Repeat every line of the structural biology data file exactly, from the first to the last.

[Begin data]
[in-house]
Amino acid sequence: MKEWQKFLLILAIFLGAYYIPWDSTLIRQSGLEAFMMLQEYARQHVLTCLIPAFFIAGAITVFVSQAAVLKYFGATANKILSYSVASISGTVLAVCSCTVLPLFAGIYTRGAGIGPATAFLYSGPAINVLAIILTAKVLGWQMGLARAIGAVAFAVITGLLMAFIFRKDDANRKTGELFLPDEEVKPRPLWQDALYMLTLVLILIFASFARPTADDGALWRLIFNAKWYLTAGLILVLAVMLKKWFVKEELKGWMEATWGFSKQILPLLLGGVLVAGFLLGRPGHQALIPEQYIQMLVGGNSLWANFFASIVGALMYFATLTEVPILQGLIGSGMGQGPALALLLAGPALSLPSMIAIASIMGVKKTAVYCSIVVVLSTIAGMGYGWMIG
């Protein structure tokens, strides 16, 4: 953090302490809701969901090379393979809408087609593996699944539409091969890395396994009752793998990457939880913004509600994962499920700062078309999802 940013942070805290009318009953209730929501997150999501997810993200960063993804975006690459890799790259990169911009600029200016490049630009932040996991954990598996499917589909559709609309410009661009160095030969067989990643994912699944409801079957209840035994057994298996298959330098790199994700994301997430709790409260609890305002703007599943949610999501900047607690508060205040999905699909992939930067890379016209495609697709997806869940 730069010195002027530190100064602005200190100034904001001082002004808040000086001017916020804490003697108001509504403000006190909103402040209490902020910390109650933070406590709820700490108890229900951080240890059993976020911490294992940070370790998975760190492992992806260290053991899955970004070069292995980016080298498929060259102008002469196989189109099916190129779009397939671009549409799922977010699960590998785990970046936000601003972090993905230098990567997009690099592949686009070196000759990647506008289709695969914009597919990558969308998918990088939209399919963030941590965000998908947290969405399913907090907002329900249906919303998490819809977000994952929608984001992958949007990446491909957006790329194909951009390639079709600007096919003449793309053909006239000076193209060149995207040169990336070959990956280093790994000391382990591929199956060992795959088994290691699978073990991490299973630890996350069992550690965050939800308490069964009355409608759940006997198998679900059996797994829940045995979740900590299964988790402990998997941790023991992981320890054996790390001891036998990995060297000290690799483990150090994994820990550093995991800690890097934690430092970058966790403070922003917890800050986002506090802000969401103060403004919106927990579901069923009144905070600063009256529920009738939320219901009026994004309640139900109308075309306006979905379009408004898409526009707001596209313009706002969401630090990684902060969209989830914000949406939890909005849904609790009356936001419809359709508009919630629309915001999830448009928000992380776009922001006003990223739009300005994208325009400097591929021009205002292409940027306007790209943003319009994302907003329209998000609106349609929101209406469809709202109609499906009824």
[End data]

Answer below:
[in-house]
Amino acid sequence: MKEWQKFLLILAIFLGAYYIPWDSTLIRQSGLEAFMMLQEYARQHVLTCLIPAFFIAGAITVFVSQAAVLKYFGATANKILSYSVASISGTVLAVCSCTVLPLFAGIYTRGAGIGPATAFLYSGPAINVLAIILTAKVLGWQMGLARAIGAVAFAVITGLLMAFIFRKDDANRKTGELFLPDEEVKPRPLWQDALYMLTLVLILIFASFARPTADDGALWRLIFNAKWYLTAGLILVLAVMLKKWFVKEELKGWMEATWGFSKQILPLLLGGVLVAGFLLGRPGHQALIPEQYIQMLVGGNSLWANFFASIVGALMYFATLTEVPILQGLIGSGMGQGPALALLLAGPALSLPSMIAIASIMGVKKTAVYCSIVVVLSTIAGMGYGWMIG
């Protein structure tokens, strides 16, 4: 953090302490809701969901090379393979809408087609593996699944539409091969890395396994009752793998990457939880913004509600994962499920700062078309999802 940013942070805290009318009953209730929501997150999501997810993200960063993804975006690459890799790259990169911009600029200016490049630009932040996991954990598996499917589909559709609309410009661009160095030969067989990643994912699944409801079957209840035994057994298996298959330098790199994700994301997430709790409260609890305002703007599943949610999501900047607690508060205040999905699909992939930067890379016209495609697709997806869940 730069010195002027530190100064602005200190100034904001001082002004808040000086001017916020804490003697108001509504403000006190909103402040209490902020910390109650933070406590709820700490108890229900951080240890059993976020911490294992940070370790998975760190492992992806260290053991899955970004070069292995980016080298498929060259102008002469196989189109099916190129779009397939671009549409799922977010699960590998785990970046936000601003972090993905230098990567997009690099592949686009070196000759990647506008289709695969914009597919990558969308998918990088939209399919963030941590965000998908947290969405399913907090907002329900249906919303998490819809977000994952929608984001992958949007990446491909957006790329194909951009390639079709600007096919003449793309053909006239000076193209060149995207040169990336070959990956280093790994000391382990591929199956060992795959088994290691699978073990991490299973630890996350069992550690965050939800308490069964009355409608759940006997198998679900059996797994829940045995979740900590299964988790402990998997941790023991992981320890054996790390001891036998990995060297000290690799483990150090994994820990550093995991800690890097934690430092970058966790403070922003917890800050986002506090802000969401103060403004919106927990579901069923009144905070600063009256529920009738939320219901009026994004309640139900109308075309306006979905379009408004898409526009707001596209313009706002969401630090990684902060969209989830914000949406939890909005849904609790009356936001419809359709508009919630629309915001999830448009928000992380776009922001006003990223739009300005994208325009400097591929021009205002292409940027306007790209943003319009994302907003329209998000609106349609929101209406469809709202109609499906009824």